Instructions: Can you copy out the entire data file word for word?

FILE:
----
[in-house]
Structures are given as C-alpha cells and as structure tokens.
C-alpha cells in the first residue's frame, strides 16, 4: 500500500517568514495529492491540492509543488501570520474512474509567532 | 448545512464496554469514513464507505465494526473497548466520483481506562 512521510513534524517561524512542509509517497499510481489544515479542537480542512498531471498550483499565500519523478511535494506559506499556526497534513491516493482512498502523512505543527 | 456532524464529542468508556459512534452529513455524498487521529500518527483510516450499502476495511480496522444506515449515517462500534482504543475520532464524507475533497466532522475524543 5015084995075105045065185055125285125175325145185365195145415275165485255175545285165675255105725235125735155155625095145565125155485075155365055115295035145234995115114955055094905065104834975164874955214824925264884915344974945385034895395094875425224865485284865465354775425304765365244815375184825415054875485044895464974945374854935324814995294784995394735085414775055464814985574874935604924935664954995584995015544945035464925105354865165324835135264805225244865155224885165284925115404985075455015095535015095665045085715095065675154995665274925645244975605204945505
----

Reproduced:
[in-house]
Structures are given as C-alpha cells and as structure tokens.
C-alpha cells in the first residue's frame, strides 16, 4: 500500500517568514495529492491540492509543488501570520474512474509567532 | 448545512464496554469514513464507505465494526473497548466520483481506562 512521510513534524517561524512542509509517497499510481489544515479542537480542512498531471498550483499565500519523478511535494506559506499556526497534513491516493482512498502523512505543527 | 456532524464529542468508556459512534452529513455524498487521529500518527483510516450499502476495511480496522444506515449515517462500534482504543475520532464524507475533497466532522475524543 5015084995075105045065185055125285125175325145185365195145415275165485255175545285165675255105725235125735155155625095145565125155485075155365055115295035145234995115114955055094905065104834975164874955214824925264884915344974945385034895395094875425224865485284865465354775425304765365244815375184825415054875485044895464974945374854935324814995294784995394735085414775055464814985574874935604924935664954995584995015544945035464925105354865165324835135264805225244865155224885165284925115404985075455015095535015095665045085715095065675154995665274925645244975605204945505